The Most Beautiful Girl in Cuba - Chanel Cleeton Page 0,1
the appointment I made last week the only manner in which I could ensure admittance given the tightly controlled access to Pulitzer’s offices. I hurry up to the eighteenth floor, which houses the newsroom.
All of my previous articles for the various small newspapers that have seen A. Markham’s advice as fit to print have been sent by post, and so for the first time in my life, I set foot in a newsroom.
I am immediately, irrevocably, in love.
The newsroom feels like a living, breathing entity, the pulse in the air vibrating with excitement. There is shouting and keys tapping, and I’ve never heard more glorious sounds in all my life. Rolltop desks fill the room. Placards on the walls that say: “Accuracy, Accuracy, Accuracy! Who? What? Where? When? How? The Facts—The Color—The Facts!” surround the perimeter of the newsroom. Peeking out between the placards, windows reveal the city below, and beyond, a view all the way to the East River, New York City in all her muck and glory on proud display.
It’s absolutely perfect.
A man approaches me. “Can I help you, miss?”
“I’m here to see Mr. Pulitzer,” I reply. “I have an appointment.”
Due to his declining health, Pulitzer is reportedly rarely at his office, favoring his private homes or yacht instead, so I seized this rare opportunity for a private meeting.
The man’s eyes widen slightly. “And your name?”
“Follow me, Miss Harrington.”
I walk behind him through the newsroom to Mr. Pulitzer’s office, struggling to keep from gaping at each new sight that reveals itself. And at the same time, with every step it becomes evident that I am the only woman in the newsroom at the moment, my appearance drawing notice from more than one quarter of the room.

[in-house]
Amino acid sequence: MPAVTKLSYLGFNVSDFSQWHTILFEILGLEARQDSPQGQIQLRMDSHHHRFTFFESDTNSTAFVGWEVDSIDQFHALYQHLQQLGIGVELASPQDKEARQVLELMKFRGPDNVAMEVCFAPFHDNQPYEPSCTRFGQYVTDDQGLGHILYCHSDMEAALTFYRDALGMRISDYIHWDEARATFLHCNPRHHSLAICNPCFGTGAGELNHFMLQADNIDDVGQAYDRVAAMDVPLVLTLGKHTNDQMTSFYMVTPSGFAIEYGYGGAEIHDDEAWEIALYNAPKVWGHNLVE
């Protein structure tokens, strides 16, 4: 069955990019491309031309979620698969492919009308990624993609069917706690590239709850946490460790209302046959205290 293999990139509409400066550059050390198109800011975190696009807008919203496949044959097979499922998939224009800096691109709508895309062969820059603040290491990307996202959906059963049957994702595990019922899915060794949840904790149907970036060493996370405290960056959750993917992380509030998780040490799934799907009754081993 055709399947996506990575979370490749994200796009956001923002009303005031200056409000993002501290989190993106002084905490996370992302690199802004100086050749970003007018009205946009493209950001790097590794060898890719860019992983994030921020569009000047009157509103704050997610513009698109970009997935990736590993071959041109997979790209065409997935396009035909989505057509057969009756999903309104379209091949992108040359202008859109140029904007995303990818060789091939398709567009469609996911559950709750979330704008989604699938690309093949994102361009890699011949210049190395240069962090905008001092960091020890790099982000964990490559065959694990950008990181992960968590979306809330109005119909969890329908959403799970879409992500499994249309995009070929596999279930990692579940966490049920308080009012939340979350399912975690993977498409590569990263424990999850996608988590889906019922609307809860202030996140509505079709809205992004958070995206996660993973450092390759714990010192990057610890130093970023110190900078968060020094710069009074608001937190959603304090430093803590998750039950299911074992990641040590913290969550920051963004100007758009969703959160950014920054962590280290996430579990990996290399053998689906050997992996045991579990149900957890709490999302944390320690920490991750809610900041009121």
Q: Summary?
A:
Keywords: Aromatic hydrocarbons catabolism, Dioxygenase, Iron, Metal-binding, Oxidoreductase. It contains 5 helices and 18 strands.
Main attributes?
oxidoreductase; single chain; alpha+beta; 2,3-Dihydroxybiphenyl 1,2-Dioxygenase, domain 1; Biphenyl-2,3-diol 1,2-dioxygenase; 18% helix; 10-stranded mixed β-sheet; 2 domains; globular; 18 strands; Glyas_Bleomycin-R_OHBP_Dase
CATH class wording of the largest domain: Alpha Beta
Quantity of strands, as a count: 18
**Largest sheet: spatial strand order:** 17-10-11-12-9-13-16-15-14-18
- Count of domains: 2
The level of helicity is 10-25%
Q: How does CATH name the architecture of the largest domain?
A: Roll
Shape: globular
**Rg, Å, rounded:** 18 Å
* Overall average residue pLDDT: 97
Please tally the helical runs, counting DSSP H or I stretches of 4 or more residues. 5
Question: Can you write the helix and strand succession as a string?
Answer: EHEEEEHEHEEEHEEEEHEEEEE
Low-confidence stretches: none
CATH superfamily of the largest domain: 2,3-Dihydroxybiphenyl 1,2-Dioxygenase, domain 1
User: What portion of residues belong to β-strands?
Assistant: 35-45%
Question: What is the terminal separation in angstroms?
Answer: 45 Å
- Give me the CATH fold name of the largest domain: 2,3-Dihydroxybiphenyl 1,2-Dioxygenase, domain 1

I tried on several outfits before I settled on this one: a sensible white dress with a light blue stripe, fine enough for such a meeting. For all of his success, the rumors that his family in Hungary was wealthy before he arrived in the United States, Pulitzer is a self-made man who understands the divide between rich and poor more than most, considering he’s experienced both strata.
The man leads me into Pulitzer’s office and announces me before shutting the door behind me, leaving me alone with the newspaperman.
Pulitzer rises from his desk for a moment until I take a seat, and then he follows suit after offering a polite greeting.
Pulitzer is a tall, slim man with a full head of red hair and a matching beard. His career in New York is distinguished—he served as a politician before he began running the World. Like my father, he fought with the northern states in the war. Pulitzer had been pulling back from his newspaper’s daily operations, but that was before William Randolph Hearst announced his presence on the scene, and the man who was an unmatched Goliath in New York journalism gained a competitor. In the days when Pulitzer anticipated retiring from professional life, he’s unexpectedly forced to wage a war for his paper’s supremacy.
“Thank you for agreeing to meet with me, Mr. Pulitzer.”
“I was most intrigued by your letter. I admired your father a great deal when we served in the war together. I was sorry to hear of his death.”
There’s a pang at the mention of my father’s passing, one that hasn’t quite faded in the years since I lost him. I’m not proud that I’ve used their past friendship to secure this meeting, but the competition for a job as a reporter is fierce—particularly at a paper as popular as the World—and since my gender is already a hurdle I must overcome, why not even the odds a bit?
“I confess, I was surprised when you asked for this appointment. While I admired your father when we fought alongside each other, it’s been many years. How may I help you, Miss Harrington?”
“I’m here for a job if you have one. As a reporter. I’ve spent the last few years writing for smaller papers, getting experience where I could.” I gesture to the leather folio in my lap. “I’ve brought samples of my work if you’d like to look at them. They’re not necessarily the kinds of stories I want to cover, but they’re a start.”
“Why do you wish to work here, Miss Harrington?” Pulitzer asks, making no move to take the folio from me.
“Because of the stories you investigate, the impact you have. The World has one of the largest circulations in the world.”
Indeed, Mr. Pulitzer has just slashed the